NASA engineers are trying to outwit a new glitch in the star-crossed Hubble Space Telescope, an intermittent power failure that afflicts one of the most productive of the telescope's five scientific instruments.
Because of the problem, the National Aeronautics and Space Administration has stopped using one of two ultraviolet detectors housed in the telescope's Goddard High Resolution Spectrograph. This postpones indefinitely about 30 percent of the research planned for the spectrograph.
It's behaving exactly the way my dryer at home has been working recently," said Doug Duncan, an astronomer at Baltimore's Space Telescope Science Institute, the center for Hubble research. "You throw your clothes in and turn it on and you never know whether you're going to have perfect results or soggy results."
The power problem has not affected the Hubble's four other instruments, including its two cameras, its Faint Object Spectrograph and its sensitive light meter, called the High Speed Photometer.
Joe Rothenberg, NASA's associate director of flight projects for Hubble, said there was still a chance that experts at NASA's Goddard Space Flight Center in Greenbelt would be able to fix the telephone booth-size Goddard spectrograph, located behind the Hubble's main mirror, with commands radioed from the ground.
"Engineers are still examining all options," he said. "They've been known to find ways of operating things in the past that were originally not envisioned."
But if they can't, he said, repairs will probably have to wait until a scheduled 1997 shuttle mission. A replacement instrument, he said, couldn't be built in time for the shuttle's first Hubble repair flight, due in November or December 1993.
The instrument's troubles are only the latest for the Hubble, which has not been able to do some of the groundbreaking research it was designed for because of an error in the grinding its 94.5-inch primary mirror. The telescope, launched in April 1990, is also plagued by vision-jarring "jitters" that occur as its solar power panels heat up and cool down.
Two of the six gyroscopes that keep Hubble pointed at celestial objects have malfunctioned, and a third threatened to do so -- although so far, the telescope is still able to lock onto its targets.
The Goddard spectrograph was designed to study faint ultraviolet emissions given off by very bright objects such as active galaxies and supernovae.
It recently gave scientists their first look at huge clouds of intergalactic matter that may be the flotsam of the early universe.
Ultraviolet waves, like visible light, are part of the electromagnetic spectrum, and astronomers use them to establish the presence and proportion of certain elements in stellar objects.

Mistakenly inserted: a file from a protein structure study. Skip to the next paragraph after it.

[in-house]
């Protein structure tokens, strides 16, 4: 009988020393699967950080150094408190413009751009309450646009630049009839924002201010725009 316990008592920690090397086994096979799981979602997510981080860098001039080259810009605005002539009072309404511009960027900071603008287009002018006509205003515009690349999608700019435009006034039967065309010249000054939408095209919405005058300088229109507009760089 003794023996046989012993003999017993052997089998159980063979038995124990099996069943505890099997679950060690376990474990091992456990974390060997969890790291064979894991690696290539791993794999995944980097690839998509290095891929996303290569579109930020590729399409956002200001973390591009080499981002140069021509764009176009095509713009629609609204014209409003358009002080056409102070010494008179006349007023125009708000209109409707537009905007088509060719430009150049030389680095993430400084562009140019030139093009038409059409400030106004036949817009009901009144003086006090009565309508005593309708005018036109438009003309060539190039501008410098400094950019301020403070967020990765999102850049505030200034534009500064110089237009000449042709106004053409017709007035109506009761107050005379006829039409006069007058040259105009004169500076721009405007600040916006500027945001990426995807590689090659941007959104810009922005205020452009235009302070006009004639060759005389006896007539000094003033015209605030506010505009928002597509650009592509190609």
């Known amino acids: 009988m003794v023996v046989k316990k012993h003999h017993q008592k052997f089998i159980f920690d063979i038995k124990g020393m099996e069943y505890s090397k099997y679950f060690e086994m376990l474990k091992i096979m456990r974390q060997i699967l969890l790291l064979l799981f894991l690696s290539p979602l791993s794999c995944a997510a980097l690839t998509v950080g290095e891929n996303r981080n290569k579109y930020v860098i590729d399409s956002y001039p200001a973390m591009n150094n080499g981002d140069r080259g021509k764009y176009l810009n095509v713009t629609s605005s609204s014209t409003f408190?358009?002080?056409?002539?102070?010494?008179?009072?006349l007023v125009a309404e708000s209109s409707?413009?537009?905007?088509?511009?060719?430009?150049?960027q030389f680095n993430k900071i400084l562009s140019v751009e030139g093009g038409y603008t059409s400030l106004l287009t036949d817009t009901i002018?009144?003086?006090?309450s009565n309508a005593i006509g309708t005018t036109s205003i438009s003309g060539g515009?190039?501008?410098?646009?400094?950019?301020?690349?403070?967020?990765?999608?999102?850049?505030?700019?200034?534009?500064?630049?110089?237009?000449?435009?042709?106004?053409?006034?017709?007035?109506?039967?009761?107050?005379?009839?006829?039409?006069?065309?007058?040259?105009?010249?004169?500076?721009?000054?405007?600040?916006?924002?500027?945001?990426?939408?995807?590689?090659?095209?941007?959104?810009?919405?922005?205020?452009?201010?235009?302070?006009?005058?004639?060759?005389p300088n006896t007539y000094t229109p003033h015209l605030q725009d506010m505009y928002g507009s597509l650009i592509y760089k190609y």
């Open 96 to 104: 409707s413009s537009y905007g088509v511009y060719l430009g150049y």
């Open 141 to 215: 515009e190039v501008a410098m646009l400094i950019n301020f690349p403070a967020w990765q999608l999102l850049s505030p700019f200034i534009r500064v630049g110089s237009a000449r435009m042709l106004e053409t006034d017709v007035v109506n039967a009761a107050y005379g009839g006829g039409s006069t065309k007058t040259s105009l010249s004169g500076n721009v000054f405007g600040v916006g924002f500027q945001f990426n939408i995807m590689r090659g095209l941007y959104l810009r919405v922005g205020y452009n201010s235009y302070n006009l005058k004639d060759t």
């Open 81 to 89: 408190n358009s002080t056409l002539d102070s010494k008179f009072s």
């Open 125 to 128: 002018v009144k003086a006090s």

This type of research cannot be done on Earth because the atmosphere filters out all ultraviolet light except a fraction of that produced by the sun.
Mr. Duncan and David Lambert of the University of Texas are using the Goddard spectrograph to study invisible ultraviolet emissions from some of the oldest stars in the Milky Way.
Mr. Duncan tried to use the Goddard spectrograph over about a 12-hour period Monday. But he said engineers could keep it working for only about six hours.
Because of the telescope's tight schedule, he said, "There's no possibility of saying, 'Oh, well, that didn't work. Let's try something else.' " The research time is lost.
The spectrograph's problems began July 24 when a test lamp in the instrument blinked erratically and all data switched off.
NASA re-established contact with the instrument. But on Aug. 5, similar problems developed and engineers began to suspect that the spectrograph's main power source was flickering on and off.
NASA engineers concluded they could control the problem as long as they didn't use too much power.
So they decided not to employ the Goddard spectrograph's "Side 1" detector, which can register ultraviolet waves between 100 nanometers and 170 nanometers in length. (A nanometer is one-billionth of a meter.)
Instead, all research has been shifted to the "Side 2" ultraviolet detector, which is sensitive to a slightly higher part of the ultraviolet spectrum, waves of from 120 nanometers to 320 nanometers in length.
Mr. Rothenberg said yesterday that power to Side 2 was still blinking off sporadically for periods ranging from 15 minutes to several hours.
"It's as if something that you owned, like your computer or your TV, sometimes worked and sometimes didn't," Mr. Duncan said. "What you'd suspect is that you had a bad connection in there." A NASA document suggests that electronic switches in the spectrograph's power supply may have worn down with use, like points in a car's distributor.
Engineers are trying to decide whether to switch to a backup power supply for Side 2, Mr. Rothenberg said. But there is a risk that the backup may not work. "It's something that you just don't do lightly," he said.
If the backup supply is switched on, Mr. Rothenberg said, Side 1 could no longer be used.
Some astronomers say the Hubble's most interesting work so far has been performed by the Goddard High Resolution Spectrograph and its Faint Object Spectrograph. The August edition of the Astrophysical Journal focused exclusively on research conducted by these two Hubble instruments.